New Bible carves up stories by historical timeline
Tim Murphy, Religion News Service
August 19, 2008

New Bible carves up stories by historical timeline

New Bible carves up stories by historical timeline
Tim Murphy, Religion News Service
August 19, 2008

Bob Sanford wanted to create a Bible that would bring order and clarity to the text. Instead, he’s waded right into one of the great debates of biblical scholarship.

The Chronological Study Bible” will be released this fall in the midst of a Bible-publishing boom in the United States. In an industry that now as much to do with profits as with prophets, Sanford expects his new edition to have wide appeal.

“(Our challenge) is to take the scholarship and make it enjoyable to a readership that enjoys history,” said Sanford, who oversees the Bible division for the giant Christian publisher, Thomas Nelson.

The company has carved out its share of the industry’s estimated $500 million annual haul by cornering the market on niche markets, such as families and teenagers.

The latest edition rejiggers the order of books, psalms, and Gospels in an effort to provide a historical framework for a text most scholars consider chronologically challenged.

So, for example, whole sections of Isaiah and Nehemiah are reordered to better reflect an accurate historical timeline; the Gospels of Matthew, Mark, Luke and John are merged into one based on Mark’s chronology; and some of St. Paul’s letters (which traditionally appear later in the New Testament) are woven into the Book of Acts.

The book’s target demographic seems more receptive to the idea. Brad Riley, a pastor at the First Church of the Nazarene in Wichita, Kan., said a chronological Bible would likely be most useful for newcomers to the faith.

“The Bible can be intimidating for people … and the chronology can help people put the timeline together in their minds,” Riley said.

Tommy Bratton Jr., who leads group Bible study at the First Baptist Church in Asheville, N.C., agreed.

“We try to put our Bible studies now in context of when things occur,” Bratton said. “It would give people, I think, a greater sense of how things were laid out in that way.”

Some biblical scholars, however, aren’t buying the idea.

“I would say, generally speaking, that scholars would have no interest at all,” said Pat Graham, a professor at Emory University in Atlanta. “What it ends up being is something that laypersons find helpful — or would think it would be helpful. Any biblical studies expert worth their salt would not have much interest in this at all, except as kind of a curiosity.”

At issue for scholars is a question they have grappled with for generations: When — and by whom — was the Bible written? For readers, the larger question is this: Does it really matter if Ezekial, say, appears before or after Nehemiah, and does it make a difference if a biblical timeline looks more like a zigzag?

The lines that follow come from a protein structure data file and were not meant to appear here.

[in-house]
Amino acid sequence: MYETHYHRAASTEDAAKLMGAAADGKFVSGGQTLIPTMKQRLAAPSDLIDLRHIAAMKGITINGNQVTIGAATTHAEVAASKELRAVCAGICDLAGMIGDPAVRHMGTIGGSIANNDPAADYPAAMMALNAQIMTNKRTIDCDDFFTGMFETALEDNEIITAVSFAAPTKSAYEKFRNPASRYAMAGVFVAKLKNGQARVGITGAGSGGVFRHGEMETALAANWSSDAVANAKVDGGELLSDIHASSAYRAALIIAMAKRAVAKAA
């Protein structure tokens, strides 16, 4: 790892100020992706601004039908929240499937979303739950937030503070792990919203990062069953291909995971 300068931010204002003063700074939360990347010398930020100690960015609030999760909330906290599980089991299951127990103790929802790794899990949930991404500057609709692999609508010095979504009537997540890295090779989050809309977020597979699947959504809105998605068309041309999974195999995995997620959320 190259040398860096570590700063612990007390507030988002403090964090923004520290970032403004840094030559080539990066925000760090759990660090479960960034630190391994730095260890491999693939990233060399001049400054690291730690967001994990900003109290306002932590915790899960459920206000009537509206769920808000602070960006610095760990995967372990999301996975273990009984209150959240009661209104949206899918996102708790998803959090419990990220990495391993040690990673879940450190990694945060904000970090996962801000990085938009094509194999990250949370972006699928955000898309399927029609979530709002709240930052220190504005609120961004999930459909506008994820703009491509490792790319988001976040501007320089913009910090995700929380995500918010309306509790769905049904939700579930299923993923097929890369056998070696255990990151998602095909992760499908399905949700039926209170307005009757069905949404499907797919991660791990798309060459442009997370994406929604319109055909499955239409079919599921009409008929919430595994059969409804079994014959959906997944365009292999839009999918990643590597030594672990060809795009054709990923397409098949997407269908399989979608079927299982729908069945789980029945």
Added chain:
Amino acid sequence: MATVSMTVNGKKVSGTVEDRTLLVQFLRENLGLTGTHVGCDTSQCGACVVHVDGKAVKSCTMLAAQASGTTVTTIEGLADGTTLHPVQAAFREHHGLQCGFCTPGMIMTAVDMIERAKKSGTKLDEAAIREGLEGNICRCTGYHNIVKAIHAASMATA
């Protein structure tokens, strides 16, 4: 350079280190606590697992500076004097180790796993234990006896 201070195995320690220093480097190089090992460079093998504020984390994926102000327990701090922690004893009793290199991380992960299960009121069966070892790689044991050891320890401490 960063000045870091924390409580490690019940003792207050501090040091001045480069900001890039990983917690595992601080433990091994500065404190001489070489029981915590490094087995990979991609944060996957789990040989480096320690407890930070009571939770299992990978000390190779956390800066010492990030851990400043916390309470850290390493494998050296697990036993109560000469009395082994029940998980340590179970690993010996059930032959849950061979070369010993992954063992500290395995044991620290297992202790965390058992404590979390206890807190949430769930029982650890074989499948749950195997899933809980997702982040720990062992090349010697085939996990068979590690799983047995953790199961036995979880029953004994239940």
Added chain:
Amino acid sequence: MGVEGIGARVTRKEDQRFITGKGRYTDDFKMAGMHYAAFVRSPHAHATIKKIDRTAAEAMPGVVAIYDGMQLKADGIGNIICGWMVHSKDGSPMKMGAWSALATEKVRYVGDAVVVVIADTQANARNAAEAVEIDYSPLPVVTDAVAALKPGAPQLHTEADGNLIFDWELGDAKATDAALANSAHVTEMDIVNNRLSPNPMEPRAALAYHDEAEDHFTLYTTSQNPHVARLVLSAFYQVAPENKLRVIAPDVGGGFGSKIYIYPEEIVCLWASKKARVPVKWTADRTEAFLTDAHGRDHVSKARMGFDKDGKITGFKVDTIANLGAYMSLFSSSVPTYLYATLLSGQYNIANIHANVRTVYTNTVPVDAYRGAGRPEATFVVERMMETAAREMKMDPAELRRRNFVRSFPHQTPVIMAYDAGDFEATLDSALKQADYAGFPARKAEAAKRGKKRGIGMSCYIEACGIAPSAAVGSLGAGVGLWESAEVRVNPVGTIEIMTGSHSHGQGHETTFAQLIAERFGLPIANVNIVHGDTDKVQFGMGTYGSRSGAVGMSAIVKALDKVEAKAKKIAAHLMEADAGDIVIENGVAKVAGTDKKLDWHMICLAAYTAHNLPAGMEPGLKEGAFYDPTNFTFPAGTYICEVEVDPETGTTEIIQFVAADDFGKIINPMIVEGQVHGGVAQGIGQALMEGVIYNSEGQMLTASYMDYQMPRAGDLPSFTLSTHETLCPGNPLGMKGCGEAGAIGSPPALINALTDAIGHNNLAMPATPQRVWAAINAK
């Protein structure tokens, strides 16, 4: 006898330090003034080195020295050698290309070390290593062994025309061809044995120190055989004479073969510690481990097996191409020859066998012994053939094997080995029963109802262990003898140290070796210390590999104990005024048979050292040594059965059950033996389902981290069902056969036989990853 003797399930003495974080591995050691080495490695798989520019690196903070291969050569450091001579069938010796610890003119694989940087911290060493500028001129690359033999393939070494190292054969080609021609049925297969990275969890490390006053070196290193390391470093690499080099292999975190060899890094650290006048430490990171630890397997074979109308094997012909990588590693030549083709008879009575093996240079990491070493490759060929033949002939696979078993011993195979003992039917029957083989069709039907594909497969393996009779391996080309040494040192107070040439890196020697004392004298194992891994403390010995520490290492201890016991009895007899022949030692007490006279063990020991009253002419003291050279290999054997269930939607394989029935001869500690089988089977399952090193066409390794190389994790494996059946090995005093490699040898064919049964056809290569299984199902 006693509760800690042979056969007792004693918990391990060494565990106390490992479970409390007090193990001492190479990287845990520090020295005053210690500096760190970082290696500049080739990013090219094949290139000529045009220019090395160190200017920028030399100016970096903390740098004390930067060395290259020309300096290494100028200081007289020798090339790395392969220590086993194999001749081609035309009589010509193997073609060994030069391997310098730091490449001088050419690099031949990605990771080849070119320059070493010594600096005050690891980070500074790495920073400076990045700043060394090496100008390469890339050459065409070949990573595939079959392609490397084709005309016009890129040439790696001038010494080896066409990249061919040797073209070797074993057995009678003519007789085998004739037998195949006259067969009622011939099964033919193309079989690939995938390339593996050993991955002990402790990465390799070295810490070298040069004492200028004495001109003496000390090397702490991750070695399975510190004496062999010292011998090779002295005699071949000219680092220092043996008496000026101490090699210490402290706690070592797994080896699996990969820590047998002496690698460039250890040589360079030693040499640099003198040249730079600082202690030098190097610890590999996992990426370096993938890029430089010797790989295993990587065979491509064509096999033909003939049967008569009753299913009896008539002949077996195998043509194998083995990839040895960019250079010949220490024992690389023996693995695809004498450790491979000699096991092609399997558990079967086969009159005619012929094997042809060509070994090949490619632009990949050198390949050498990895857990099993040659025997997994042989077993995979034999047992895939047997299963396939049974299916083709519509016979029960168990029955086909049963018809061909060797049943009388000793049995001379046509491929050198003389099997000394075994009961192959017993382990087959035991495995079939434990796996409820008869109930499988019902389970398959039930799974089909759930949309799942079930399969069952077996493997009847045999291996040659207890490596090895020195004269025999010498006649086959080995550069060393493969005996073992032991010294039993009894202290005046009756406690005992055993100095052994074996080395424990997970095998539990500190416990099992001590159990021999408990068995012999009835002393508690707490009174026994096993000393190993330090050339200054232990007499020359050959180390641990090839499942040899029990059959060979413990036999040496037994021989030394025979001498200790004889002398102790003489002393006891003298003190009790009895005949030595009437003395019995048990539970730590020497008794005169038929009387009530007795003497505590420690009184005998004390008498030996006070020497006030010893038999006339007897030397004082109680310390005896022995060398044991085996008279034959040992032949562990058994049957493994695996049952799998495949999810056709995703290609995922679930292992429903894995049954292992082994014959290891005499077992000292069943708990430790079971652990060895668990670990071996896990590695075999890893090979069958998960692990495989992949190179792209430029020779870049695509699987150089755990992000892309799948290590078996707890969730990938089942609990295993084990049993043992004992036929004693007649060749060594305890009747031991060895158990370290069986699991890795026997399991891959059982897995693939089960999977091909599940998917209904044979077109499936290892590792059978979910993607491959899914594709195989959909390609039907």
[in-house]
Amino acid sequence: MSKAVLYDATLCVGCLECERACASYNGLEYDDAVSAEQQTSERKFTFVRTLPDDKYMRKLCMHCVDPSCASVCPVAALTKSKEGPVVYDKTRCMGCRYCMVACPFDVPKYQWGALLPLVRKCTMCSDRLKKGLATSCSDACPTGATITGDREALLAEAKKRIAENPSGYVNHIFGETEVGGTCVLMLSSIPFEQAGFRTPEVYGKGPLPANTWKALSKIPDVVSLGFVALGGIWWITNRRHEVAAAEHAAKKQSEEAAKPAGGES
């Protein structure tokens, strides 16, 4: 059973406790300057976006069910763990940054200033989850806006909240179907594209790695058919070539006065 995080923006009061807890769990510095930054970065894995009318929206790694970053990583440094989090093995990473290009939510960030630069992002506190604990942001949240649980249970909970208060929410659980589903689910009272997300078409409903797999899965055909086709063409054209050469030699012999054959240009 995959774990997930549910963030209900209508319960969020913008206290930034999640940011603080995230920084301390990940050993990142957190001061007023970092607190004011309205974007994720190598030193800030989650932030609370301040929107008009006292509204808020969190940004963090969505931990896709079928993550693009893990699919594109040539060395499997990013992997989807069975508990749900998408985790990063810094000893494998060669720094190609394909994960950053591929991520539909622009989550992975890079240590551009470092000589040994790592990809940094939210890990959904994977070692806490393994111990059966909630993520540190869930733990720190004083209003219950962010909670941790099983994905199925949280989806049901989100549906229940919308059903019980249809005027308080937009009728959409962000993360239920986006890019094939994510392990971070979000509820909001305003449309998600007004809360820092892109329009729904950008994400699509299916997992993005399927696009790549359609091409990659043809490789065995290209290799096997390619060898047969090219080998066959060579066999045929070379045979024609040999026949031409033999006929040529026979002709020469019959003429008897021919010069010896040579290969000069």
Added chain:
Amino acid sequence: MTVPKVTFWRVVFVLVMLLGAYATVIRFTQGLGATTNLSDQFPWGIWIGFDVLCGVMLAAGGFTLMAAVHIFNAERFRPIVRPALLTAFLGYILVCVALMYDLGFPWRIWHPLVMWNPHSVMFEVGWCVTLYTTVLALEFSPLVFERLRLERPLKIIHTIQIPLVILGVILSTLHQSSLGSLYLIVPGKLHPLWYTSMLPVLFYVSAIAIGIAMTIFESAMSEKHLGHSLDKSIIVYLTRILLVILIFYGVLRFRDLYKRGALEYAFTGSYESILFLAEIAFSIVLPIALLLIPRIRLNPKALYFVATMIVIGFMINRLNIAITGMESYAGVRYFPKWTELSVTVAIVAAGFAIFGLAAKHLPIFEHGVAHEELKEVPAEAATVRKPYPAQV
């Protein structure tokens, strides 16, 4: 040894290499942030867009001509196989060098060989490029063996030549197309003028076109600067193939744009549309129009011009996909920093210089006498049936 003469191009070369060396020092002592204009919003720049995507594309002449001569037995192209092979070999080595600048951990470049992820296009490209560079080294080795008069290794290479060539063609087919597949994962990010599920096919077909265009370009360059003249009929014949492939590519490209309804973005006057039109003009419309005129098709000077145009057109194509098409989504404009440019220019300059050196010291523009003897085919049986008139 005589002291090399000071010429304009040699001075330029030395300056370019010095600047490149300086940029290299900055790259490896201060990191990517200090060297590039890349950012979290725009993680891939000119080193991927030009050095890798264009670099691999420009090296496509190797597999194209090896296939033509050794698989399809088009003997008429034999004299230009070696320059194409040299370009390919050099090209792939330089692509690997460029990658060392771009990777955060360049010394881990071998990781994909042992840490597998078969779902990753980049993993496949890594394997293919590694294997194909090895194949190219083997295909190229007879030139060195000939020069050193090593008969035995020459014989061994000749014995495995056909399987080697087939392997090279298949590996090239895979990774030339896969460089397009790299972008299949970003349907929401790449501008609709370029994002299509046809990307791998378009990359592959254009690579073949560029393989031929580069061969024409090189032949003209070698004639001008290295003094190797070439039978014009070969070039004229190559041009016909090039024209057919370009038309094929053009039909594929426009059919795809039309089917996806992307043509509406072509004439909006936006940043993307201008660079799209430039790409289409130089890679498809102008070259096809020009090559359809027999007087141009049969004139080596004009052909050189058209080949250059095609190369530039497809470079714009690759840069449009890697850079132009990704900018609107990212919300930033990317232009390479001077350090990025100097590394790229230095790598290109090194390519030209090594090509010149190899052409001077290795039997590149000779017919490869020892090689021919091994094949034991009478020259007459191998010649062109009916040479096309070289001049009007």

The most recognizable changes in the Chronological Study Bible come in the placement of non-narrative sections — the books that aren’t necessarily anchored by specific people, places and events. The book of Psalms, which appears in the middle of the Old Testament in most editions, is split up in the new edition by time period. All Psalms relating to David, for example, will instead appear as supplements to the relevant books of the Old Testament such as 1 Chronicles.

Sanford says unlocking and reordering the Bible’s chronology can help readers understand the context in which portions of the book were written. But in practice, scholars say, this can prove challenging.

For some biblical accounts, such as the Israelites’ exile to Babylon, there are historical accounts to support the narrative. Other stories require a leap of faith, however. Scholars say trying to rearrange individual books requires getting to the bottom of some of the world’s oldest known cases of identity theft: Many biblical works were the handiwork of multiple authors, all writing under a single name.

“It was very common in antiquity to attribute one’s own writings to the most important historians in the past,” said professor Michael D. Coogan, a professor at Stonehill College in Easton, Mass., and editor of the “New Oxford Annotated Bible.” “It happens not just in the Bible — Socrates certainly didn’t say everything Plato quotes him as saying.”

Take, for example, the Book of Jeremiah, which was written by an undetermined number of authors over an unknown period of time. Some narratives are repeated and any semblance of chronology devolves into a jumble of dates and places.

The Bible’s order is significant for other reasons as well. Some scholars worry that changing the order would impact the Bible’s meaning and diminish the value of non-narrative elements, such as the book of Psalms.

“Part of the problem, and to me one of the flaws, is the assumption that this Bible is working with — that (narrative) — is the primary genre of literature in the Bible. That just isn’t true,” said the Bruce Birch, who teaches at the Wesley Theological Seminary in Washington, D.C.

Graham, who called the idea of a chronological Bible “radical,” offered a helpful suggestion for potential buyers.

“It’s like you would attach a pack of cigarettes with a warning label from the surgeon general,” Graham said. “Well, this Bible should have a warning from the theologian general or something: ‘This bible may be harmful to your spiritual health.'”